US4454881 *Aug 21, 1981Jun 19, 1984Moldex/Metric Products, Inc.Multi-layer face mask with molded edge bead
US4616647 *Aug 13, 1984Oct 14, 1986Parmelee Industries, Inc.Molded fiber disposable face mask having enhanced nose and chin filter-seals
US4641645 *Jul 15, 1985Feb 10, 1987New England Thermoplastics, Inc.Face mask
US4771771 *Nov 17, 1986Sep 20, 1988Dragerwerk AgGas mask having a protective hood
US4867148 *Aug 20, 1982Sep 19, 1989Gomez Gustavo JNonfiltering facial separation barrier
US4951664 *Sep 9, 1988Aug 28, 1990Filcon CorporationMask and method of manufacture
US4980110 *Apr 12, 1988Dec 25, 1990Ohio Cellular Products, Inc.Method of forming a cross linked foamed polyolefin composite article
US5003633 *Oct 17, 1989Apr 2, 1991Itoh Seiki Co., Ltd.Seal device
US5140980 *Jun 13, 1990Aug 25, 1992Ilc Dover, Inc.Hood mask and air filter system and method of manufacture thereof
US5433192 *Nov 9, 1991Jul 18, 1995Insinooritoimisto Megsent OyBreathing mask having a cellulose heat and moisture exchanger formed therein
US5435299 *Jun 23, 1993Jul 25, 1995Langman; Vaughan A.Respiratory mask
US5529056 *Aug 12, 1994Jun 25, 1996Tecnol Medical Products, Inc.Apparatus and method for testing respirator fit and seal
US5558089 *Dec 27, 1995Sep 24, 1996Minnesota Mining And Manufacturing CompanyRespirator nose clip
US5617849 *Sep 12, 1995Apr 8, 1997Minnesota Mining And Manufacturing CompanyRespirator having thermochromic fit-indicating seal
US5641555 *May 26, 1995Jun 24, 1997Minnesota Mining And Manufacturing CompanyCup-shaped filtration mask having an undulated surface
CA2027353A1 *Oct 11, 1990Apr 25, 1991Suomen Jonas OyBreathing mask
Non-Patent Citations
Reference
1"Breathe Easy" brochure by Suomen Jonas Oy, Helsinki, Finland (1989).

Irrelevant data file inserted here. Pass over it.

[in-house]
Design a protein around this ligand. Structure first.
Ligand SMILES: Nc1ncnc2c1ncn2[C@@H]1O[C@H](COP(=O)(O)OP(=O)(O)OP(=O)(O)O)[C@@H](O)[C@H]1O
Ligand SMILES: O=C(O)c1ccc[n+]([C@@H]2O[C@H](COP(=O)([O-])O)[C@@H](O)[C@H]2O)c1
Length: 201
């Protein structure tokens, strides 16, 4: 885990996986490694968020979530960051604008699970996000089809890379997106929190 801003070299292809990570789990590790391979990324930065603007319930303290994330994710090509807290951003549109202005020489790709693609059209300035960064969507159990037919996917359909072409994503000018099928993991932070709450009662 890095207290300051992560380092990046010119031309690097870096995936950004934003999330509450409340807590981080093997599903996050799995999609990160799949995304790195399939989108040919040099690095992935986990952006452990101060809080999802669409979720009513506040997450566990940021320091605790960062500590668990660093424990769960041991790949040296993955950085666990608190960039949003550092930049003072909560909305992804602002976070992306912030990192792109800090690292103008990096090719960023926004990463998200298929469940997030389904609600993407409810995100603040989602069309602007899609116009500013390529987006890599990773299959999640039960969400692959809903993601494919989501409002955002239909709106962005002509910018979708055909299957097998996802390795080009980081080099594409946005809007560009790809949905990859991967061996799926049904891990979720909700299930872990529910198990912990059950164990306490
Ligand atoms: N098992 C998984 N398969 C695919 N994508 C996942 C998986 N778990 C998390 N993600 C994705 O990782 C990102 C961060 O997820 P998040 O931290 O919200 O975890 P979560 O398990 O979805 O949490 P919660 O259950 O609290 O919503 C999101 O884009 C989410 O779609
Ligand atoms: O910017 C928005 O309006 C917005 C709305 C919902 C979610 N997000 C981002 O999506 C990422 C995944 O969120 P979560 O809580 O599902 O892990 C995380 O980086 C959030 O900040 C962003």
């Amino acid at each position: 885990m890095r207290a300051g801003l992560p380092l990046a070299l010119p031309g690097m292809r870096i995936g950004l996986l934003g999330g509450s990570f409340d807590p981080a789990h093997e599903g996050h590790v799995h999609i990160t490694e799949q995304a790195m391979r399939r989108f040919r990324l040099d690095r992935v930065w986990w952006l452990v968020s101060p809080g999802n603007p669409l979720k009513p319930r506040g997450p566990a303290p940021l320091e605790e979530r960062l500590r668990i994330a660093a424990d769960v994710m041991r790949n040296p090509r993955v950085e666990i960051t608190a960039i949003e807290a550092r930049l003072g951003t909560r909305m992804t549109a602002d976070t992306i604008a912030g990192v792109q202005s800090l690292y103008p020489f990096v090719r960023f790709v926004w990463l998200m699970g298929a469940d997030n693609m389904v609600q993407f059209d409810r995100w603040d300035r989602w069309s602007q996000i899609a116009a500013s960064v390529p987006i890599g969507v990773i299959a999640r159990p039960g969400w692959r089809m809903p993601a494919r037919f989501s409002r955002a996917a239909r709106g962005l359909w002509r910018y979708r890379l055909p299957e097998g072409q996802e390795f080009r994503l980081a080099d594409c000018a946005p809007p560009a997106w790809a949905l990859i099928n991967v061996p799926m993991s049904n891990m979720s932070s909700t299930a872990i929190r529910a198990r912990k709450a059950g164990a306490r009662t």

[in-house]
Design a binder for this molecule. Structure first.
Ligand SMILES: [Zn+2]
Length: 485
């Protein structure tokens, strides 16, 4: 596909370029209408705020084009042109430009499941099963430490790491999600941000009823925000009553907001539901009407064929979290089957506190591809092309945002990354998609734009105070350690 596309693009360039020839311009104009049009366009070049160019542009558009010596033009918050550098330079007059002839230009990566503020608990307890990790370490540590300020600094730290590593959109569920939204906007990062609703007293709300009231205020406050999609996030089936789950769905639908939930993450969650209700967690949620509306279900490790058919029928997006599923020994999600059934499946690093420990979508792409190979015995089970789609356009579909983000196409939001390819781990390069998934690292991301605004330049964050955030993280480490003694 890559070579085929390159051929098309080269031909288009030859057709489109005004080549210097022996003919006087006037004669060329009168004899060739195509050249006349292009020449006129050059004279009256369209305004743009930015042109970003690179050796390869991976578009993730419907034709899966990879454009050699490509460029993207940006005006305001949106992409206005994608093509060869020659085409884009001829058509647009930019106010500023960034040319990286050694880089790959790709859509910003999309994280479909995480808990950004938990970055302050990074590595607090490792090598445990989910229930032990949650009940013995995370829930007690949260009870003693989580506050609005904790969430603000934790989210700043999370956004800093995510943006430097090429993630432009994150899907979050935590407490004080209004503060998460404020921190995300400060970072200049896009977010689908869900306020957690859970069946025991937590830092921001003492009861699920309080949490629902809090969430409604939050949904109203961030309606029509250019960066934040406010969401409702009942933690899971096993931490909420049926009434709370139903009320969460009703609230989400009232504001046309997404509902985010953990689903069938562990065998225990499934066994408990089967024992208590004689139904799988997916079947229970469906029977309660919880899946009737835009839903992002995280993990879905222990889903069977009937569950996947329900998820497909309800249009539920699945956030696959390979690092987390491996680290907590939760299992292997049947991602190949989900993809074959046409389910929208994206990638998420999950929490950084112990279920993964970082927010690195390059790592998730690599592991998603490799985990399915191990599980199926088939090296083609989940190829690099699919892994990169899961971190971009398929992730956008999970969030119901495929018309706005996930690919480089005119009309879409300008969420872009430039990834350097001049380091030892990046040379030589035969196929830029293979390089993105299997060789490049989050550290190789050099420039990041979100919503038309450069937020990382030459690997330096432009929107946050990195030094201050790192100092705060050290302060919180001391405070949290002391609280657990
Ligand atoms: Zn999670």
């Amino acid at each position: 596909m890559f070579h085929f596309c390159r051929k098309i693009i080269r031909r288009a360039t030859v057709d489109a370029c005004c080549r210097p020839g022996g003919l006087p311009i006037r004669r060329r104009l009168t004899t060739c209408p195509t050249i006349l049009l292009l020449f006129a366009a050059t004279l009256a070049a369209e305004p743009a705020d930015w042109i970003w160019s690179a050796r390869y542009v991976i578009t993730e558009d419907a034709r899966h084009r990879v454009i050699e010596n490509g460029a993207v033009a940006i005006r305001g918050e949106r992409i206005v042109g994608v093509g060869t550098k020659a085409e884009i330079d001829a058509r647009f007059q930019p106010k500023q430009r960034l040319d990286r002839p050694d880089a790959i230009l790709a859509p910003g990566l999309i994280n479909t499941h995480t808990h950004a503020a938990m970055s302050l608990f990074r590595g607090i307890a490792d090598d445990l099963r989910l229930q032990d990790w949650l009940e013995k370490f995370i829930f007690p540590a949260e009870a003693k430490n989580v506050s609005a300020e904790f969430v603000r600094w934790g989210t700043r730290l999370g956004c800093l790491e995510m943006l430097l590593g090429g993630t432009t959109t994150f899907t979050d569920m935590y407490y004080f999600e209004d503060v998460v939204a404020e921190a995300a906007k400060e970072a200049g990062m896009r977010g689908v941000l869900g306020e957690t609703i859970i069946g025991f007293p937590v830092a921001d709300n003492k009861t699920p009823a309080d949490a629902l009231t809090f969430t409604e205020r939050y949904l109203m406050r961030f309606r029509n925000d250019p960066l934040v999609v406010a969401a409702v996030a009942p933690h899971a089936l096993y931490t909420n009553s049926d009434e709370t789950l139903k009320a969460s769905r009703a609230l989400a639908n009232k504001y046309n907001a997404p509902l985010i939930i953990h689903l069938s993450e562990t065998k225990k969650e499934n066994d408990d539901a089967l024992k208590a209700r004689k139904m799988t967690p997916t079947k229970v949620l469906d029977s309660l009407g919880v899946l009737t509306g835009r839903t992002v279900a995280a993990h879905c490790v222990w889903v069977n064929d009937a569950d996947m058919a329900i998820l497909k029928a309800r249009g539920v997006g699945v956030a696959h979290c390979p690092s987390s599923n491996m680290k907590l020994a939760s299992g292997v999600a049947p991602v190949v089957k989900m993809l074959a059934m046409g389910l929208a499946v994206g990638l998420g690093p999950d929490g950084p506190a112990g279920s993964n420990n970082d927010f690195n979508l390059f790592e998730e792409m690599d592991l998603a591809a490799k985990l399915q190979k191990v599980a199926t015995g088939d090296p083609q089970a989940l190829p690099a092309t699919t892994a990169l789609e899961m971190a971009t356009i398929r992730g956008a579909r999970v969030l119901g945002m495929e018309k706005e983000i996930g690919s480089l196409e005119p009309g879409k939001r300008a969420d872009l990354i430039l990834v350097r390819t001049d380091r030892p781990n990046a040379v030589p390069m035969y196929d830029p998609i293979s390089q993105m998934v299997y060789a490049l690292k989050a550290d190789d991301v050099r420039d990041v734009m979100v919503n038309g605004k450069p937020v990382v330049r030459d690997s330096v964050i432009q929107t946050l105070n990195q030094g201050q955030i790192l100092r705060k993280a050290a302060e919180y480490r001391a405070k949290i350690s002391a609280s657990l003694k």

2"Keep warm out in the cold" Jonaset brochure by Suomen Jonas Oy, Helsinki, Finland (1989).
3 *Breathe Easy brochure by Suomen Jonas Oy, Helsinki, Finland (1989).
4 *Drawings (2 sheets) by Suomen Jonas Oy, Helsinki, Finland (Suomi ref. No. 13889).
5 *Keep warm out in the cold Jonaset brochure by Suomen Jonas Oy, Helsinki, Finland (1989).
Referenced by
Citing PatentFiling datePublication dateApplicantTitle
US6772759 *Apr 7, 2003Aug 10, 2004Bookyung LeeHealth mask with channelized breath passageways
US6799573Dec 20, 2002Oct 5, 2004James D. BonnerLight weight container which stores a quantity of water for filtering contaminants from inhaled air. a coupling assembly is used to connect the container to a flexible hose for delivery of the filtered air
US7228858 *Mar 9, 2005Jun 12, 2007Baker Stephen GProtective garment
US7603724 *Dec 16, 2004Oct 20, 2009Under Armour, Inc.Hood with hinged mask piece
US7615092Oct 16, 2006Nov 10, 2009Dougherty William JFiltering mask
US7670302 *Dec 18, 2001Mar 2, 2010Boston Scientific Scimed, Inc.Super elastic guidewire with shape retention tip
US7926487 *Apr 28, 2006Apr 19, 2011Resmed LimitedRespiratory mask having gas washout vent and gas washout vent assembly for a respiratory mask
US8621668 *May 17, 2012Jan 7, 2014Splitzgear, L.L.C.Convertible garment
US20110119815 *May 18, 2010May 26, 2011Roy PaulsonBalaclava
CN101583291BNov 27, 2006Nov 9, 2011斯蒂芬·贝克Protective garment
DE19950717A1 *Oct 21, 1999May 10, 2001Draeger Aerospace GmbhBreathing mask comprises a mask body, a porous insert with a water-binding impregnating material, and a pocket made of gas-permeable material
DE19950717B4 *Oct 21, 1999Jun 24, 2004DRäGER AEROSPACE GMBHAtemmaske
EP1490151A2 *Mar 4, 2003Dec 29, 2004HAAGA, John, R.Safety filtration apparel
WO2005087320A1 *Feb 24, 2005Sep 22, 2005Koninkl Philips Electronics NvA personal air filter and ionizing system
WO2011050059A1 *Oct 20, 2010Apr 28, 2011Michael Gerard LalondeIntegrated positive airway pressure apparatus
WO2013096034A1 *Dec 12, 2012Jun 27, 2013Tenacious Holdings, Inc.Cold climate air exchanger
Classifications
U.S. Classification128/206.24, 128/201.25, 128/205.27, 128/201.17, 128/206.21
International ClassificationA62B17/04
Cooperative ClassificationA62B17/04
European ClassificationA62B17/04
Legal Events
DateCodeEventDescription
Jan 16, 2007FPExpired due to failure to pay maintenance fee
Effective date: 20061117
Nov 17, 2006LAPSLapse for failure to pay maintenance fees
Jun 7, 2006REMIMaintenance fee reminder mailed
Nov 12, 2002SULPSurcharge for late payment
Nov 12, 2002FPAYFee payment
Year of fee payment: 4
Jun 4, 2002REMIMaintenance fee reminder mailed
Sep 17, 1996ASAssignment
Owner name: THERMAL AIR PRODUCTS, INC., MICHIGAN
Free format text: ASSIGNMENT OF ASSIGNORS INTEREST;ASSIGNORS:HURST, WENDELL;METZGER, ROBERT C.;NIELSEN, WILLIAM J.;AND OTHERS;REEL/FRAME:008255/0482;SIGNING DATES FROM 19960916 TO 19960917